Making an Offer on a House

Making an Offer on a House

Making an offer to purchase a foreclosed home is somewhat different from a standard home purchase. Your deal will be introduced to the lender that took back the home when the homeowner could no longer make the payments. A foreclosed home is generally sold in as-is state, with no vendor disclosures given to the buyer. The lender will generally not respond to every deal as it comes , but hold all supplies so as to pick the best from among those received. Finally, unlike a purchase in the homeowner, you are not dealing with a specially motivated seller. The lender could be in no rush to sell the home because it wants to be sure it gets high dollar.

Get preapproved for a mortgage loan in case you won’t be buying the house with money. It’s important to have a firm commitment, in writing, from a bank or lending firm, to lend you the money to purchase your home. Contain the preapproval letter with your purchase arrangement.

Hire a realtor who has verifiable experience in managing foreclosures and lenders. Interview several agents before you find one that you feel will correctly represent you at the negotiating process. Your agent will submit the deal you indicate and steer you through the escrow procedure if your offer be approved.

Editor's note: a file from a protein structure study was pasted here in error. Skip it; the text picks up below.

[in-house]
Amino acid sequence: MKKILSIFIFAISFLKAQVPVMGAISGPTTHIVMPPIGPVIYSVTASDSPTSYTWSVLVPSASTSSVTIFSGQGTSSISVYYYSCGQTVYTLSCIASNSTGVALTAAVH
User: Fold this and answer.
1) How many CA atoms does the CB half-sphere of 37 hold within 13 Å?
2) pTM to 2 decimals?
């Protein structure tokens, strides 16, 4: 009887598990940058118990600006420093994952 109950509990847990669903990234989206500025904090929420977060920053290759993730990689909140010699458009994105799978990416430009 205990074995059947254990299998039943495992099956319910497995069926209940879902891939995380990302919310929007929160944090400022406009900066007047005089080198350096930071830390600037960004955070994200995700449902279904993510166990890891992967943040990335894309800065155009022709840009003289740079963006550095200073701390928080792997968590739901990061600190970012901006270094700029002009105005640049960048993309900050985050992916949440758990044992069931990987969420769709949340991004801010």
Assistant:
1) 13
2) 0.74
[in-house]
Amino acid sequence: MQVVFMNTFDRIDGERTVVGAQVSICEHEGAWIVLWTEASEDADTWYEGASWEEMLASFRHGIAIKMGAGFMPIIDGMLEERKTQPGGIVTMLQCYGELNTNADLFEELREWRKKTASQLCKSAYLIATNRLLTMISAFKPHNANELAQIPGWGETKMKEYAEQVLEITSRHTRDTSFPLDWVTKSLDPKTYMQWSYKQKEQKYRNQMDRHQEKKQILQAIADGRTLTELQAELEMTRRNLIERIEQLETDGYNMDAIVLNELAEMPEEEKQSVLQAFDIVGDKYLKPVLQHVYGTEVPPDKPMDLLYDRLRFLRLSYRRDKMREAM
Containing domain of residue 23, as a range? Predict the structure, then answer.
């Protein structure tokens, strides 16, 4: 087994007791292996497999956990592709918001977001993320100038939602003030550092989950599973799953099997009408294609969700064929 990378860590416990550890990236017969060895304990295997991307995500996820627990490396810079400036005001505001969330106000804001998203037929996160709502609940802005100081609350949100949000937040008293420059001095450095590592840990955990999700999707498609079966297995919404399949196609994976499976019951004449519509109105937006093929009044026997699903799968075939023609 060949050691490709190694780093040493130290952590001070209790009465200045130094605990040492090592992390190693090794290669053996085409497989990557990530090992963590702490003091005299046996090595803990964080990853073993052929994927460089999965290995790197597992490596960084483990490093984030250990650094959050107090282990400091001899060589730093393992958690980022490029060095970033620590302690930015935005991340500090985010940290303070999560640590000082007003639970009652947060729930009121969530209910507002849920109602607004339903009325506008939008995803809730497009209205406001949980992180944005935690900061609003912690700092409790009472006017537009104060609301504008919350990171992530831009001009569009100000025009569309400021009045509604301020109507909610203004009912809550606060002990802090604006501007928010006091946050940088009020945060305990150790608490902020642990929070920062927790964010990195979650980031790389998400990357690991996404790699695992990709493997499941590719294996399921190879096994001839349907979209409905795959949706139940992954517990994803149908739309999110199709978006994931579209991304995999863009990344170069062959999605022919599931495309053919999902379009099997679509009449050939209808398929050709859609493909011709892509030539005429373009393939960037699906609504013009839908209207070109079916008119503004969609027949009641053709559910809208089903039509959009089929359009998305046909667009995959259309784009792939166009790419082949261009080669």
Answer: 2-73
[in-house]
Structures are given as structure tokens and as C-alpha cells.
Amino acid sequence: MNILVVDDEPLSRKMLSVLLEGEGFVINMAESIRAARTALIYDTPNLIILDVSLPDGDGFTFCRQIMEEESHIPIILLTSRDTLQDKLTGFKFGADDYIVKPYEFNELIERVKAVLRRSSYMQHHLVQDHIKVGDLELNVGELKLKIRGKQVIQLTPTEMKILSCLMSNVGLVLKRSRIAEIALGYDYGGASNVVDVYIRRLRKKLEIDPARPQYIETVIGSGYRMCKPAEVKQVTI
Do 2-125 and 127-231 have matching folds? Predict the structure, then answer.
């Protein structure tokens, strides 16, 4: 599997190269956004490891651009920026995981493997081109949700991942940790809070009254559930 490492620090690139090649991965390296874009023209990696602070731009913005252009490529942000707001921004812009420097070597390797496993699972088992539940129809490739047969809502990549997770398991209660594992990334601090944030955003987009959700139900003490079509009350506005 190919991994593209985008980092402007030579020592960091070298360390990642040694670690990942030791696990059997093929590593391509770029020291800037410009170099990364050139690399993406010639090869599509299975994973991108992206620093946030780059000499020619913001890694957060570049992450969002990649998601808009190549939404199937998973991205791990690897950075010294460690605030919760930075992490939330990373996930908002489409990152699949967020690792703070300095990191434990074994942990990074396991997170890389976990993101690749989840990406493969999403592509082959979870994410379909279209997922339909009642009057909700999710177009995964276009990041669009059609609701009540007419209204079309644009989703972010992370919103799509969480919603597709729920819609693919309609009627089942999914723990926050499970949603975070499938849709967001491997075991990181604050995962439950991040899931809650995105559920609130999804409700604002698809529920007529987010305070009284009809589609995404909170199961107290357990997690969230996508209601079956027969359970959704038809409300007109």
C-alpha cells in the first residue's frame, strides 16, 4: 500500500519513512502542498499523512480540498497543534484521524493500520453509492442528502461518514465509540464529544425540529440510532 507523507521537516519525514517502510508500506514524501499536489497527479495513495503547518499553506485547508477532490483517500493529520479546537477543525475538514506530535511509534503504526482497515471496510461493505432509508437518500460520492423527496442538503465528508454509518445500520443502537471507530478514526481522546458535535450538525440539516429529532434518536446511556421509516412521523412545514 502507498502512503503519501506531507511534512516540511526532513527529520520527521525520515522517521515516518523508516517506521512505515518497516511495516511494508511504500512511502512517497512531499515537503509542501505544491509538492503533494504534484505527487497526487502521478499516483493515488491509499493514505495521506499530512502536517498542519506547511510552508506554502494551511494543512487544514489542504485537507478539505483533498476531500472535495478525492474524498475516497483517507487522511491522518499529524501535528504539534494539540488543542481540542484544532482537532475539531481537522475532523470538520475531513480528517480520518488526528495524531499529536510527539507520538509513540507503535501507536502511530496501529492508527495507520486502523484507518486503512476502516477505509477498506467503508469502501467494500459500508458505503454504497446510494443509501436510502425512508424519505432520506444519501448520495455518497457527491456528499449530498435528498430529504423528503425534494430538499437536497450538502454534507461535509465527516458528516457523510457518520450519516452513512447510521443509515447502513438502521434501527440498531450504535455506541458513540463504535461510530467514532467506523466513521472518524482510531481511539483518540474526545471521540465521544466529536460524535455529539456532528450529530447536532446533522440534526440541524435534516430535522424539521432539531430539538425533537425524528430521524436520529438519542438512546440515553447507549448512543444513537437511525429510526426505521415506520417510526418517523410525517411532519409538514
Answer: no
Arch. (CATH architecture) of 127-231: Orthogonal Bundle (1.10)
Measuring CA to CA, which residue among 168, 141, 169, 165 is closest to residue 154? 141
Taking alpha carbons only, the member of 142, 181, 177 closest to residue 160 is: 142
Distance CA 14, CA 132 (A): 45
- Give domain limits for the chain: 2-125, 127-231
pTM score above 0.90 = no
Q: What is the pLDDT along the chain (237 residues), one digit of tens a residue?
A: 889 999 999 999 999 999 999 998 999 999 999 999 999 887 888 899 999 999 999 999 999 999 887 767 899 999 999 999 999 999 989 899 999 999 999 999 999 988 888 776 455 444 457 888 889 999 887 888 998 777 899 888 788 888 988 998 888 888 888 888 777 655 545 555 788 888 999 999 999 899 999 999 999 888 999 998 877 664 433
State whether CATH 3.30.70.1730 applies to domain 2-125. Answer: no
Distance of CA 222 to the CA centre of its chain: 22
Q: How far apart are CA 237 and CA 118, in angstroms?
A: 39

Ask that your agent compile a current market evaluation to ascertain the house’s value. This is a totally free service that representatives provide, and the information can help you to ascertain the amount you will offer on the home.

Scrutinize the condition of the home from top to bottom. If you’re not a contractor, hire one, or hire a home inspector. Many foreclosed homes have hidden issues that you should be aware of before making a offer to purchase. Consider the cost to repair any issues when deciding what to offer on the home.

Make your offer. Don’t lowball the lender. Lenders aren’t homeowners; they are companies, and the houses they sell are assets. The majority of the time the cost they set is exactly what they need to realize so as to recover their losses from the last borrower. Understand that there will probably be competition for your home too, and you may lose if your supply is not as strong as it may be.

Contain as much earnest money as you can with your own offer. Sometimes known as a”deposit,” a large earnest money deposit will show the lender that you are a serious buyer.

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